Actually, it's a very simple equation:
Do you want it right, do you want it cheap, or do you want it Tuesday?
What? You want all three? At once? Sorry, you can't have all three. Pick
two. Maybe you'll get one.
Micro$oft, Lotus, Ashton-Tate, and to be fair many many others, were notorious
for releasing buggy software in order to meet a marketing deadline. The
revenue generated from the release helped pay for the completion of the testing
procedures to (hopefully) fix the problems. Thus the expression, "never buy a
Anyone remember Netware 4? 4.0, 4.01, and so forth had all sorts of problems,
and Novell promised free upgrades as they patched the problem. Come 4.1, we
had a working OS, just took some time.
I have the impression that Ten-Tec has opted to be more on the "release it
right" side than the "release it Tuesday" side. As long as they can keep us
somewhat in the loop as to what's going on... c'mon, give them a break.
Oh, and unlike some posting here... no, I don't own an Orion (or an O2) but at
least I've actually USED one. I like the rig a lot, and if someone ever feels
generous, just ship one or two to my CBA. But -- I'd still rather have a
Corsair... in part for sentimental reasons... (Think of it this way: I'd love
a Corvette too, but the Subaru wagon is sufficient transportation to & from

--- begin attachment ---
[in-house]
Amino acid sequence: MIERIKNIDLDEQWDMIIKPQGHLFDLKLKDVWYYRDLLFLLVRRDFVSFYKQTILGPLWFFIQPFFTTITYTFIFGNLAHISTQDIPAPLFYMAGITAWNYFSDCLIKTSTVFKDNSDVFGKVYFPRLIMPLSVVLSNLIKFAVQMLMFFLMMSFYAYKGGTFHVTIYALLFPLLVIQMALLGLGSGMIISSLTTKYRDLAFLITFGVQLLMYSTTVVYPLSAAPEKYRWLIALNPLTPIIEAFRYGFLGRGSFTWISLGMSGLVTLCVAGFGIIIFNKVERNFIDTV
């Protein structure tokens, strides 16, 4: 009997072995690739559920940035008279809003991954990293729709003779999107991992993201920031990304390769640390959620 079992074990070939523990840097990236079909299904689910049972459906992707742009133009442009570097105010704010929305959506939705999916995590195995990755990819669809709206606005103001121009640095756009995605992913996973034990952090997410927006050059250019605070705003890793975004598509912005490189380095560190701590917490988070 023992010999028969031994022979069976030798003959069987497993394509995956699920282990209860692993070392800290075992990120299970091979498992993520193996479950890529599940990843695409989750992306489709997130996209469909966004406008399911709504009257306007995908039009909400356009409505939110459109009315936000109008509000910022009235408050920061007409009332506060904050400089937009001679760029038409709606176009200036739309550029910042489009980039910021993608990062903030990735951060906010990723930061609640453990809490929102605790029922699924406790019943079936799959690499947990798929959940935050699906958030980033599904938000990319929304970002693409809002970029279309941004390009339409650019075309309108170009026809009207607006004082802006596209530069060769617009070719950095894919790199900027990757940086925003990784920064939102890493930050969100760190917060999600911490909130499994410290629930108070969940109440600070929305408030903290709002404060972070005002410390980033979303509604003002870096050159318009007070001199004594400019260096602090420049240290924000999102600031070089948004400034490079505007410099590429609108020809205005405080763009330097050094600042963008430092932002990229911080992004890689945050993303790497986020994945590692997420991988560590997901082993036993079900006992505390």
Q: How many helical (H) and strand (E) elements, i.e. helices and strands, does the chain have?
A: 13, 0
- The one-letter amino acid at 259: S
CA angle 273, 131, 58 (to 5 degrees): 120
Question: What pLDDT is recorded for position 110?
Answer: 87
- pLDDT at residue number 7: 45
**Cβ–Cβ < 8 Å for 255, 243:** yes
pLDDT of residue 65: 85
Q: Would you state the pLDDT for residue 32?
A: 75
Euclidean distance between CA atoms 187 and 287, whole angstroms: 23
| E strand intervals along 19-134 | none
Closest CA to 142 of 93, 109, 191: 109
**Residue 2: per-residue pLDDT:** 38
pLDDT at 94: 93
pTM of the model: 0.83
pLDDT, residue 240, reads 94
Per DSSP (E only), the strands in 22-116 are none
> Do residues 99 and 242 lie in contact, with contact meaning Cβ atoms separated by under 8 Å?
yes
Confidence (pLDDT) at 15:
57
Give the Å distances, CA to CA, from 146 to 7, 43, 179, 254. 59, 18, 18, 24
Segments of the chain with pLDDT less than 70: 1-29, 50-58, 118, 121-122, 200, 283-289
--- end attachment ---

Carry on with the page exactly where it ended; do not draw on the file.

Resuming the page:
work; there's a difference between what I WANT and what I actually NEED)
73, ron w3wn
Date: Wed Jul 12 13:25:16 CDT 2006
Subject: [TenTec] The Age of Consumer Beta Testing
I've watched with interest how this community has bashed Ten-Tec's efforts
to raise the performance bar with their new radios. All I can say is take a
look around you.
Microsoft releases major operating systems with security flaws so serious
that they invite hackers to come in. The Mini-Cooper automobile has such
serious bugs in it's processor that it doesn't properly shift between gears.
new Sony Viao notebook computer would crash inexplicably (and continues to do
so) and no one could tell me why.
Folks, this is life as we know it. Few, if any, products with complex
software instruction sets arrive in the customer's hands bug-free. We are in
age of consumer beta testing, like it or not.
Compared to the volume of laptops, automobiles, and software releases, a
radio like the Orion is almost a "one-off" item. With a sample size of just a
few thousand, of which their use is segmented in niche activities (such as CW
only, phone only, contesting, DXing, etc), it may be impossible to find a
common cause for a particular bug. In effect, some of the patches simply
the individual symptom, not the collective root cause!
The concerns expressed are certainly legitimate, there are serious issues
with both radios. It is particularly disturbing that the code expertise lies
in the hands of a very few individuals. Yet, we have to face the reality that
these radios, with all their flaws, still have capabilities beyond anything
we've imagined before, and at a cost of less than an 1960 Collins S Line in
This can be a constructive and proactive forum, and recognizing the nature
of software-based products, I hope we are part of the solution, not the
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